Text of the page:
January 9, 2019
   Posted in News From Other Sites
By John Dunne, Tricycle 

A Buddhist scholar examines the assertion that Buddhism is more like a science of the mind than a religion.

The following article is excerpted from one of the final talks in our upcoming online course, Buddhism for Beginners, which starts on January 14. John Dunne, a Buddhist scholar and practitioner, introduces the origins, teachings, and historical development of Buddhism in this course for beginners and beyond. Here, he takes a closer look at the ongoing debate about whether Buddhism should be primarily thought of as scientific or religious.

Starting as far back as the mid-19th century, various people have tried to promote Buddhism as scientific. The idea started among various Asian intellectuals, some of whom were pushing back against colonialism by demonstrating the strength of their culture. Later, Western Buddhists also promoted this claim. So is there any truth to it?

LAMAS AND THE LAB

One way to approach that question is to look at how the claim has informed some useful dialogues between scientists and Buddhists, perhaps most prominently His Holiness the 14th Dalai Lama. There are good reasons those conversations work well.

First of all, Buddhism endorses the notion that if we want to prove something, we need to use empirical evidence. If there is a contradiction between what we can observe—either directly or through inferences based on perception—and what Buddhist scriptures say, then we are expected to reject the scriptures and go with what we have established empirically. In other words, the evidence of our own experience and reasoning has to be the touchstone.

There’s a quote often cited in the Tibetan tradition (it was originally in Sanskrit) in which the Buddha says, “Just as a goldsmith tests to see whether something is gold by touching it to a touchstone, by rubbing it, by heating it, so too, oh monks, you should accept my words only after examining them and not out of respect for me.”

Scripture is useful, but it is not what we need in the end. In the context of Buddhism, what we actually need is experience—the kinds of experiences that transform our habits. Mere intellectual understanding isn’t sufficient. No matter how many of the Buddha’s discourses we read, it will never amount to experience. So from its earliest days, the tradition had a built-in sense that while the Buddha’s discourses are necessary for teaching the path, at a certain point, we need to leave that behind in favor of our own direct experience.

This is one way in which you could say Buddhism is scientific. In our cultural history, to be scientific, in part, means to turn away from the kinds of knowledge claims we find supported by our scriptural traditions in the Abrahamic religions. For a Christian, Jewish, or Muslim scientist, the appeal to scripture has to be set aside, but Buddhism set it aside at the very beginning.

Another way in which Buddhism can be said to be scientific is how it engages in a very detailed examination of the mind. Within the Abhidharma, one of the three forms of canonical Buddhist literature, there’s a great deal of discussion about the mind itself and various ways of analyzing how it works. It asks: How do attention and perception work? If I am attached, how is attachment operating? How does it make me behave? How do I counteract attachment? How do I learn to recognize attachment? These various ways of analyzing the mind that we find in the Abhidharma literature are quite detailed and profound and have already proven to be of great interest to scientists who are seeking some alternative perspectives on the workings of the mind.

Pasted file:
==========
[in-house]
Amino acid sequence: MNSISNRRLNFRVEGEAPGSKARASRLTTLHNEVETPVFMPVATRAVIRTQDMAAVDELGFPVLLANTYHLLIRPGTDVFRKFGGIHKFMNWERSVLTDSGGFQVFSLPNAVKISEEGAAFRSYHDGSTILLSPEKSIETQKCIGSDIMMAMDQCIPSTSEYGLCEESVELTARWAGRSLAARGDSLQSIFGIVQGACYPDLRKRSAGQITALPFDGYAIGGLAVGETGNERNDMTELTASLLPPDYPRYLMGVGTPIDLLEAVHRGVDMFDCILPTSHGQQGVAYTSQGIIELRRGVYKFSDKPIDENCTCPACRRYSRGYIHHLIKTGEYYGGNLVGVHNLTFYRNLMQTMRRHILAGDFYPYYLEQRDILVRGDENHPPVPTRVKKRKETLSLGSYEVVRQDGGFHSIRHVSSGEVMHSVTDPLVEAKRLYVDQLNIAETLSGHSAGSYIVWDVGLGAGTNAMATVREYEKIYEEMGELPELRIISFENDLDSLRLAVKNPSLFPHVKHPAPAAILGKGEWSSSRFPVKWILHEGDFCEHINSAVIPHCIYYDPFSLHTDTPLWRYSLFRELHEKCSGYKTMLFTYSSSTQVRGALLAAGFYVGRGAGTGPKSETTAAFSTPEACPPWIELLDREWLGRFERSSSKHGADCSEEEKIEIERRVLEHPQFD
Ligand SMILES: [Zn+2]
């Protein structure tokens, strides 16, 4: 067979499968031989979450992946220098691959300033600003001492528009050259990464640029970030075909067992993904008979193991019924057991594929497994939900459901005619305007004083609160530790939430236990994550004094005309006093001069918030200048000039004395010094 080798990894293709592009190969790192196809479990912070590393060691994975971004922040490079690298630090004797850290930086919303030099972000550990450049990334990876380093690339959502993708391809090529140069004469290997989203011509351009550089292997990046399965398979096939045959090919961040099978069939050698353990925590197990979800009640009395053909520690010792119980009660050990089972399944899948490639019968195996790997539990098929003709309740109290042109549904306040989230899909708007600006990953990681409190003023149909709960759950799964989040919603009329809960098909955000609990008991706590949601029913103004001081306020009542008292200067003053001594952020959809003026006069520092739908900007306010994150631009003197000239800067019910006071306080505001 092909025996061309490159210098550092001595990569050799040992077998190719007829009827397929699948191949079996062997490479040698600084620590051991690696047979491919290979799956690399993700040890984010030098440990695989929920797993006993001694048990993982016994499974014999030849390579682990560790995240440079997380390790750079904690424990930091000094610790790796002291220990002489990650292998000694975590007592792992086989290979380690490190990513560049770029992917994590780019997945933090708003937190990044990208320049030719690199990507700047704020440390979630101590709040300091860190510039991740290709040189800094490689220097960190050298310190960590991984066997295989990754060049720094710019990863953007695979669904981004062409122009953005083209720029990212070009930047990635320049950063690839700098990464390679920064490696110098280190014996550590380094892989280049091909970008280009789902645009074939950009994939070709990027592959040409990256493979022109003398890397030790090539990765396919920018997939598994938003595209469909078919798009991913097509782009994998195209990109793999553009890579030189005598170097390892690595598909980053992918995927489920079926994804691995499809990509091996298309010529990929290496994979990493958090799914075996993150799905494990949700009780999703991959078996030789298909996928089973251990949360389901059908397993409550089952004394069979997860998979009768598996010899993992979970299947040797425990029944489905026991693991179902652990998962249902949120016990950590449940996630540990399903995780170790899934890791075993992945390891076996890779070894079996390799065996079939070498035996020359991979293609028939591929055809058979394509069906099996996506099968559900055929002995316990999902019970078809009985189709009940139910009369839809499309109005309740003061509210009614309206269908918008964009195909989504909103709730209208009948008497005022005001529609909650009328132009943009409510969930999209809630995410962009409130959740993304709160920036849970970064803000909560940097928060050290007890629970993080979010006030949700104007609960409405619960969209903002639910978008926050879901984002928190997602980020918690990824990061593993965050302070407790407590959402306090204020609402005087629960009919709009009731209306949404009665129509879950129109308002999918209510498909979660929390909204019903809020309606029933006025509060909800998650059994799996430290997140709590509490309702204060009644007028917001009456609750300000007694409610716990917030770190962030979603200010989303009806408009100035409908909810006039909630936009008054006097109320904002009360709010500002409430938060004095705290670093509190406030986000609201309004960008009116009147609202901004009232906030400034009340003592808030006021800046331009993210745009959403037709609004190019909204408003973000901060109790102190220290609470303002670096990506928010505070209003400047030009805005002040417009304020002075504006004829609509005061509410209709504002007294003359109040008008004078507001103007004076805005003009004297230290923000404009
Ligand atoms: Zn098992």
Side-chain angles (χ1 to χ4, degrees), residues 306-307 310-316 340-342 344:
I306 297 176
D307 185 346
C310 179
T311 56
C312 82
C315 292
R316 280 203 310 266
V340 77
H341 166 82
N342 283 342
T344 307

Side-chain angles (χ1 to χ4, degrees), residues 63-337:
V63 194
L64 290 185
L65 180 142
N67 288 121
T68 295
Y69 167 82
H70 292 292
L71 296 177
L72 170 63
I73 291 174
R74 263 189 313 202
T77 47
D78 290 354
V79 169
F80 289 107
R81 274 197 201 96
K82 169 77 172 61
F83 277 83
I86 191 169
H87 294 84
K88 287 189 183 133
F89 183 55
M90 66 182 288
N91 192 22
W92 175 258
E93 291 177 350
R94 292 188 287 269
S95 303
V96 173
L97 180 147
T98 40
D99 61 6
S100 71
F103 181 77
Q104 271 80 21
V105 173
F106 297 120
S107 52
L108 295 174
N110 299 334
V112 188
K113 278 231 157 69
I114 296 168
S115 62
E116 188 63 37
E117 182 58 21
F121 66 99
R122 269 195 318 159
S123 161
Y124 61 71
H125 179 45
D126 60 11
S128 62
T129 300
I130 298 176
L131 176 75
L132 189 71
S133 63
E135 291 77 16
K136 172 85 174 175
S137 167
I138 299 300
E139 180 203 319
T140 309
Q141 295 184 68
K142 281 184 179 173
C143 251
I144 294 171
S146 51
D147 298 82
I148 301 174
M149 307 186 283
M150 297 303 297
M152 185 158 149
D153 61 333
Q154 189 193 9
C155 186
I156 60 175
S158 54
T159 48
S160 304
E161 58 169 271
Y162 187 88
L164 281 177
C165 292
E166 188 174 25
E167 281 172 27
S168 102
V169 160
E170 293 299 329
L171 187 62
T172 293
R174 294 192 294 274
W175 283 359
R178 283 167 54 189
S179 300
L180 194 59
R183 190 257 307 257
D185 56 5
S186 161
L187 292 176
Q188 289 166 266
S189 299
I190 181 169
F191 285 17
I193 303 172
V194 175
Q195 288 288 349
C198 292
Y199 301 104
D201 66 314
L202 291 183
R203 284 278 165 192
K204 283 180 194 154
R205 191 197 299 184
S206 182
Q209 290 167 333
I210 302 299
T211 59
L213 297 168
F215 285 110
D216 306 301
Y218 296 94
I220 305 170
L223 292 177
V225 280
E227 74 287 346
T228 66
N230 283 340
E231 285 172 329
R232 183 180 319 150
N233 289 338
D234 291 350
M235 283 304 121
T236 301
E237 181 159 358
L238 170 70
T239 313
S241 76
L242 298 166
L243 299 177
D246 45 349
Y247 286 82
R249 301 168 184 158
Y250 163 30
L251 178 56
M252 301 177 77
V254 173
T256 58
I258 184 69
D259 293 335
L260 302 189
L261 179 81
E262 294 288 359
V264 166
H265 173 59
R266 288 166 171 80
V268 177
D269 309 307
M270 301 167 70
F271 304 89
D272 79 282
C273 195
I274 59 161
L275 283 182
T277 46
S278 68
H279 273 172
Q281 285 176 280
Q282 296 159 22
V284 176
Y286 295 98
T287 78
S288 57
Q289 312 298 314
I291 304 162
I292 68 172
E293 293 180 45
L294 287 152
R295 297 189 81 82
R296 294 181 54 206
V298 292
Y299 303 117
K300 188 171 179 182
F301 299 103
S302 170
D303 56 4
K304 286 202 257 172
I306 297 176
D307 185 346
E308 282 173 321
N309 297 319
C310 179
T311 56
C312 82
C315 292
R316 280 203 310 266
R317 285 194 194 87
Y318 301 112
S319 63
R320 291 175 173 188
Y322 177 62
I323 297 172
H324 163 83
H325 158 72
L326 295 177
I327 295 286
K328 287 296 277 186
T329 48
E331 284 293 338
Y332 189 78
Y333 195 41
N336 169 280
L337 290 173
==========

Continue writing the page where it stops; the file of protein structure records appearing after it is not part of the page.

One of the key aspects of these Buddhist accounts of the mind is that they do not assume that there is a single controller or ego that is running all of these processes. That belief has turned out to be a commonly accepted position among neuroscientists, who have not identified a part of the brain that controls everything else. There’s no evidence of any single controller within the various brain processes that constitute consciousness. So, Buddhism’s robust account of the workings of the mind along with the position that rejects the idea of a single controller is another way in which Buddhism aligns fairly well with our contemporary mind sciences.

When you look at all this then, it makes good sense to say that there is a possibility for a good dialogue with science and also that in a certain way Buddhism is scientific. But let’s not be too confused about this, because to say that there really is a Buddhist science requires some qualifications.

THE SCIENTIFIC METHOD

Although there are amazing and detailed theories within Buddhism about the workings of the mind and so on, many of those theories have not gone under any revision for centuries. But that type of revision is central to the scientific method, in which a theory leads to hypotheses that are then tested, and if they don’t work out, in principle, we revise our theories. From there, we continue onward, all the while making some advancement. We don’t quite see that in Buddhism, where many of the fundamental theories have not been revised for centuries.